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Context of '1987: UN Calls on US to Pay Reparations to Nicaragua'

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President Reagan unilaterally withdraws the US from the 1956 Friendship, Commerce, and Navigation Treaty with Nicaragua. He also ends the US’s acceptance of compulsory jurisdiction for disputes heard by the UN International Court of Justice, which had cited the treaty in a ruling against the US over its mining of Nicaraguan harbors. The actions are well beyond any presidential powers granted by the Constitution, but neither Congress nor the media raise any serious objections. (Savage 2007, pp. 354)

Nicaragua appeals to the World Court in The Hague to end US efforts to destabilize its government. The court rules in its favor, ordering America to end its interventionist policy in Nicaragua and to pay massive reparations. (De Ligny 6/27/1986; Keen 1992, pp. 459) The court does not specify an amount; however, Nicaraguan legal experts estimate that reparations, including interest, would be as much as $17.8 billion. (Norsworthy and Barry 1990, pp. 59; Uhlig 9/30/1990; Jones 9/13/2002) America immediately rejects the World Court’s ruling. (Gedda 6/27/1986)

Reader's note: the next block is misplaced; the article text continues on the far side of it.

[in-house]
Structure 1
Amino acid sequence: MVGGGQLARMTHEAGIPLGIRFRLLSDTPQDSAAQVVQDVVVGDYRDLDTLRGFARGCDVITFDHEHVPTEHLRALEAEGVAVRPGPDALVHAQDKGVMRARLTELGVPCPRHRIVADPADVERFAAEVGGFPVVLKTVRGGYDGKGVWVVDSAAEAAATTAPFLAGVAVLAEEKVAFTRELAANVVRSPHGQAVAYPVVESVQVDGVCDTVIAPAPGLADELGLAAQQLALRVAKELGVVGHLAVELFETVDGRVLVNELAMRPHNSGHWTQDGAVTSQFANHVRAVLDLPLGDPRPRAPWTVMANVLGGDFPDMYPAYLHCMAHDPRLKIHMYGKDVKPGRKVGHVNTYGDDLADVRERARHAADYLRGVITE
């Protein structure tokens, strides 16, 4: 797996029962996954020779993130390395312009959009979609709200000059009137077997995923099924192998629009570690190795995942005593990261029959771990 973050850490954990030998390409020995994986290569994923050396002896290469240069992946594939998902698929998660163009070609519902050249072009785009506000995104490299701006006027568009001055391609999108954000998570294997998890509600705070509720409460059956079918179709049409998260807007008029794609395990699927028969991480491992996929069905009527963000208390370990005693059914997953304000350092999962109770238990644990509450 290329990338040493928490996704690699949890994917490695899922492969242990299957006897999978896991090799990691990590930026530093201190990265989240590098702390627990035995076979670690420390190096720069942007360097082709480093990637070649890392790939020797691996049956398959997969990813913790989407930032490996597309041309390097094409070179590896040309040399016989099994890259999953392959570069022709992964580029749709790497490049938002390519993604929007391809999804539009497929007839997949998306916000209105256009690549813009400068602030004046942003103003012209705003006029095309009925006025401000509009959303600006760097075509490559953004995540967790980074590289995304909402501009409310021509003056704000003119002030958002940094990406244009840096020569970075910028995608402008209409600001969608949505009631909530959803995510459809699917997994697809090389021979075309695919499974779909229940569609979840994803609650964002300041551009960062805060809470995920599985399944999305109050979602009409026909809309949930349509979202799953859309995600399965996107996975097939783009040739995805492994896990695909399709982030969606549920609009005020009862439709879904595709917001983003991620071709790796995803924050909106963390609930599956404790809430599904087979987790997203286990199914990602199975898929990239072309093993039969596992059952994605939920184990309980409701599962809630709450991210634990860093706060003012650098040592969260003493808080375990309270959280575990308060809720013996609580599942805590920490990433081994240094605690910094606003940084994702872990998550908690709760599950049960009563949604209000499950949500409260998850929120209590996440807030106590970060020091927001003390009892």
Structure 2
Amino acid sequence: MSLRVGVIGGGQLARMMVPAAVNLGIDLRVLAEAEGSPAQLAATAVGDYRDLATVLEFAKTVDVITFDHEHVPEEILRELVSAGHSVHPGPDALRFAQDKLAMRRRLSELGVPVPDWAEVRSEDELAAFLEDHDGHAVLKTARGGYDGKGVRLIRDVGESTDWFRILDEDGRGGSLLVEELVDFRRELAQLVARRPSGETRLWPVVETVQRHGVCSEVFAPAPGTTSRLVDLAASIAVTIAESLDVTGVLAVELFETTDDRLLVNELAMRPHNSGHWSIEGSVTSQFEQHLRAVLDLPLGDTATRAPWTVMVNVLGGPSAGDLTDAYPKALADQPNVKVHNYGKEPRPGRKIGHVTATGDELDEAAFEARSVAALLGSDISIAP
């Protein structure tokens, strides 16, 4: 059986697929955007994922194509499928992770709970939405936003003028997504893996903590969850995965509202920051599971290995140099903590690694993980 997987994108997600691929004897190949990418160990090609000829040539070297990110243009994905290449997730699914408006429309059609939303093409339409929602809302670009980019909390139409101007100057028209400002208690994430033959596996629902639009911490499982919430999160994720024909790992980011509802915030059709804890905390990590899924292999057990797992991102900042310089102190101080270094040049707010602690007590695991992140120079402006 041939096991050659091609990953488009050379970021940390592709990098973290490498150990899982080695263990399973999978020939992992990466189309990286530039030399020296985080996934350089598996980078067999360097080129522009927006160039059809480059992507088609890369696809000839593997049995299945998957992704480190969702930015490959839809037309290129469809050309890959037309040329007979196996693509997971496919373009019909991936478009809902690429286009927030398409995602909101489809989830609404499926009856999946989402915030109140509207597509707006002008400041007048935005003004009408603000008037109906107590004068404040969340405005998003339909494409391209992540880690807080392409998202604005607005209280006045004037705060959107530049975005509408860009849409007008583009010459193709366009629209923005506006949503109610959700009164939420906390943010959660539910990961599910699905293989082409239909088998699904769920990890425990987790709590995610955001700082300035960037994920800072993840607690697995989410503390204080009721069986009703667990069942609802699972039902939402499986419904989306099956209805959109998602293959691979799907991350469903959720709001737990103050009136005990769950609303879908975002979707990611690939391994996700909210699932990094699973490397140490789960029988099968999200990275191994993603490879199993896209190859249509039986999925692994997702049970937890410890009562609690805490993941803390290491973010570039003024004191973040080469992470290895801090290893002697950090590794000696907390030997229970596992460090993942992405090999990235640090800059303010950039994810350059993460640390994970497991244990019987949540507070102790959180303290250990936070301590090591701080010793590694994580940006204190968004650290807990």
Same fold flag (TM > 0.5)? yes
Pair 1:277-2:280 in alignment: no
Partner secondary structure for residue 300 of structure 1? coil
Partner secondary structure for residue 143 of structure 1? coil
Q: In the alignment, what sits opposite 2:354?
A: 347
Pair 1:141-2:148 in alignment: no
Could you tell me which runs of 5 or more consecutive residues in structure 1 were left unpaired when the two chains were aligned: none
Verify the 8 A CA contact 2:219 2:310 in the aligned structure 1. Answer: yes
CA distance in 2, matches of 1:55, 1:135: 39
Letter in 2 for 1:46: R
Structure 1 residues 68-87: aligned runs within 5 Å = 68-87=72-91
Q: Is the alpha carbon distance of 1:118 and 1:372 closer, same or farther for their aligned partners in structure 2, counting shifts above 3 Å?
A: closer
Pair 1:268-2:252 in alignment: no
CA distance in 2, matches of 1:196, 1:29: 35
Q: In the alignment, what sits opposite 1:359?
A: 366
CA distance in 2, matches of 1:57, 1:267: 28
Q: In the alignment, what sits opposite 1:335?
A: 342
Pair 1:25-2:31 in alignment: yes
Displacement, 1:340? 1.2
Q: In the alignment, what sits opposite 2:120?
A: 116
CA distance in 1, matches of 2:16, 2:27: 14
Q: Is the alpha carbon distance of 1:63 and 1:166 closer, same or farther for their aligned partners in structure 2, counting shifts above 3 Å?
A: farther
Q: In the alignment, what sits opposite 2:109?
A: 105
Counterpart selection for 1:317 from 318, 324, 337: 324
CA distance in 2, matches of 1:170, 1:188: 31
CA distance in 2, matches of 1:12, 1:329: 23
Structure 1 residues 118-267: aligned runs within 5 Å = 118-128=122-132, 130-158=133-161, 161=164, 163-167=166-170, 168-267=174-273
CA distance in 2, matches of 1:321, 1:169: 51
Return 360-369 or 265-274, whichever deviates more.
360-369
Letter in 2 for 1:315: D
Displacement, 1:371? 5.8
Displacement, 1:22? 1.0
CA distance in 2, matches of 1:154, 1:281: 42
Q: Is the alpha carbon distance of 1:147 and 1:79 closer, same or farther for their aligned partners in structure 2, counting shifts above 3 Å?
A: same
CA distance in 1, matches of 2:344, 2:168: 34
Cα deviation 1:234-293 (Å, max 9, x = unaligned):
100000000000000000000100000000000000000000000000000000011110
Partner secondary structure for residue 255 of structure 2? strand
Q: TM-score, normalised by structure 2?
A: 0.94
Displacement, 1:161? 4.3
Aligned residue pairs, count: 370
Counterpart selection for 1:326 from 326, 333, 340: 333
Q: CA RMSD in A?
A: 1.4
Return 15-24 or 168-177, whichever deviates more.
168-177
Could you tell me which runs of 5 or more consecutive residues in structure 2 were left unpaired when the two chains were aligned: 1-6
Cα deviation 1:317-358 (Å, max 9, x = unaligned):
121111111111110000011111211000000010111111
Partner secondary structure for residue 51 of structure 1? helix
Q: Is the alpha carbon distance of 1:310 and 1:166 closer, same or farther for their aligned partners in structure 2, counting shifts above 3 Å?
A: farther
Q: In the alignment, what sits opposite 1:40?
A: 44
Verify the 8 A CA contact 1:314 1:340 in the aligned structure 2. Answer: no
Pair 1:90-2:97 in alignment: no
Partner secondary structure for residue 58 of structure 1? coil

The UN General Assembly calls on the US to comply with the International Court of Justice’s judgment that the US pay Nicaragua reparations (see June 27, 1986). The US continues to ignore the ruling. The UN will repeat its demand the following year. (United Nations 7/27/1986; United Nations 11/12/1987)


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